Hoover restaurant owner indicted on federal drug, firearms, money laundering charges
By CASSANDRA MICKENS / Associate Editor
BIRMINGHAM — The owner of Jubilee Joe’s Cajun Seafood Restaurant in Hoover has been indicted on federal drug trafficking, firearms and money laundering charges.
Kashif Mohammed Siddiqui, 32, of Birmingham, was arrested Dec. 4 based on an eight-count indictment returned by a federal grand jury Oct. 30, said U.S. Attorney Joyce White Vance in a news release.
The indictment charges Siddiqui with conspiracy to distribute marijuana in Jefferson and Shelby counties between September 2012 and January 2013. The indictment also charges Siddiqui with two counts of distributing marijuana, once on Sept. 6, 2012, and again on Oct. 17, 2012.
Siddiqui also is charged with transferring a Bushmaster .223-calbiber semi-automatic rifle in furtherance of a drug-trafficking crime on Oct. 17, 2012, and with selling or loaning a Glock .45-caliber pistol to a convicted felon on Oct. 20, 2012. The indictment also charges Siddiqui with conspiring to conduct a financial transaction involving proceeds of illegal activity on Nov. 19, 2012; and with both possessing with intent to distribute marijuana and possessing a Colt .223-caliber semi-automatic rifle in furtherance of a drug-trafficking crime on Jan. 3, 2013.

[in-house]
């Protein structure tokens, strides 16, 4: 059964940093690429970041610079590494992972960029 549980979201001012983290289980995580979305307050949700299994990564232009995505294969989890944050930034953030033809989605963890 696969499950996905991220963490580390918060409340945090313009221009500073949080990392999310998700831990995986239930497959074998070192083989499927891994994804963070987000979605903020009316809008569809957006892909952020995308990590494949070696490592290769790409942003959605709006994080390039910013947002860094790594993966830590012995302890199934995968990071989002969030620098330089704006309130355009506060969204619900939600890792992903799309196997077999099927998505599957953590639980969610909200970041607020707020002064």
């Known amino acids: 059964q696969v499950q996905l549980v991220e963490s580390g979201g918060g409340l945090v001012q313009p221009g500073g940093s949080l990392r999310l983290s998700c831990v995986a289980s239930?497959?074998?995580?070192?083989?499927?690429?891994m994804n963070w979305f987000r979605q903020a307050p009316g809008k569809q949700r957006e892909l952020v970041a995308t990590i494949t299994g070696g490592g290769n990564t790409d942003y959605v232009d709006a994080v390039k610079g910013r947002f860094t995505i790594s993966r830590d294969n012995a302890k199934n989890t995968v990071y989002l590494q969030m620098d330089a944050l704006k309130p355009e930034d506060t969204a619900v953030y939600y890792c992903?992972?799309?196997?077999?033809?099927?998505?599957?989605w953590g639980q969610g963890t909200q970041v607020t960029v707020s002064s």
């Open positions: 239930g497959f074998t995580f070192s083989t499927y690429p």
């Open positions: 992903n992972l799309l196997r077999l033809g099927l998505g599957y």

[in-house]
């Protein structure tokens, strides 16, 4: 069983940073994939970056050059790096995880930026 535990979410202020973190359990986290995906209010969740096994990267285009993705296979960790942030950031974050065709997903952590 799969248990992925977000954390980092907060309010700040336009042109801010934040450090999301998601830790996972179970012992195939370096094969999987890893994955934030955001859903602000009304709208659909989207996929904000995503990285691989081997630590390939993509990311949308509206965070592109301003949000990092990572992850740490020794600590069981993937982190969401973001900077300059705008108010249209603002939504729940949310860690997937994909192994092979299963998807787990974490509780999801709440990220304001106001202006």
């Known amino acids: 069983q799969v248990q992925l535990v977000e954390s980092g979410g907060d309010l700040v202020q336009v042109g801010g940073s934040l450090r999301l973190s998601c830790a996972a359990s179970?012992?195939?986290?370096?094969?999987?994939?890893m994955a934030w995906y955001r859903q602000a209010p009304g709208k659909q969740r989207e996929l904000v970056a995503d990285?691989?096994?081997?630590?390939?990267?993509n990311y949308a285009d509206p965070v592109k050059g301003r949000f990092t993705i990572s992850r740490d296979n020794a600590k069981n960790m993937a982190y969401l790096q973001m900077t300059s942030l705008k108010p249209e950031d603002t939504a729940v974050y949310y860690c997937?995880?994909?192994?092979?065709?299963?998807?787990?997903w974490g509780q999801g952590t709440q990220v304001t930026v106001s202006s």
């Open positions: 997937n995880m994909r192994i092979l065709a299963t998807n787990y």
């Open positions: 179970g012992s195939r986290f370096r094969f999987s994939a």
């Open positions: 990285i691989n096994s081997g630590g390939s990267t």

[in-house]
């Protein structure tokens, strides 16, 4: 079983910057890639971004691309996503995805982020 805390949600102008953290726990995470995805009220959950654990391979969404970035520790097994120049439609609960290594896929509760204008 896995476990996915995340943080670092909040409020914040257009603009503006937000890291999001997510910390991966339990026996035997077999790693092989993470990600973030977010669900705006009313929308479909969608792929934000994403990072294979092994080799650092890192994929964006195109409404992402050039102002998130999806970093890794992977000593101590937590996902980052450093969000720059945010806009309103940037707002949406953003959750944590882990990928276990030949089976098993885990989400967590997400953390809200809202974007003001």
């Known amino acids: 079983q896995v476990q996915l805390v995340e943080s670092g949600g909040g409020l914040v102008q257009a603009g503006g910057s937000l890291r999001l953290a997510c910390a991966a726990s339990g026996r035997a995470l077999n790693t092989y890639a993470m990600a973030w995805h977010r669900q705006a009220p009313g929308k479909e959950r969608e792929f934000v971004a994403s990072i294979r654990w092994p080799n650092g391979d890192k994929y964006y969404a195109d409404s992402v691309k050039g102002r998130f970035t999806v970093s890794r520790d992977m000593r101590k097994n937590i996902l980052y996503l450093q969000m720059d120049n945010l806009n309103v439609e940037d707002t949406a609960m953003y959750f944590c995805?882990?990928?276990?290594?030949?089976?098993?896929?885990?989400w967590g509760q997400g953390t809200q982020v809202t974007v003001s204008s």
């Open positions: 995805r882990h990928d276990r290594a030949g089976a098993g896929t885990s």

Siddiqui was released from custody Dec. 4 on $20,000 bond after appearing before U.S. Magistrate Judge John H. England, according to court records. Siddiqui pleaded not guilty to the charges and turned in his passports issued by Pakistan.
According to Vance’s news release regarding the federal charges, the conspiracy and marijuana distribution charges each carry a maximum penalty of five years in prison and a $250,000 fine. Transferring a firearm in furtherance of a drug-trafficking crime and providing a firearm to a known felon both carry a maximum sentence of 10 years in prison and a $250,000 fine. The money-laundering conspiracy charge carries a maximum penalty of 20 years in prison and a fine of either $500,000 or double the amount laundered, whichever is greater. The charge of possessing a firearm in furtherance of a drug-trafficking crime carries a $250,000 fine and a prison term of five years to life in prison, which must be served after completion of any other sentence imposed for the crime.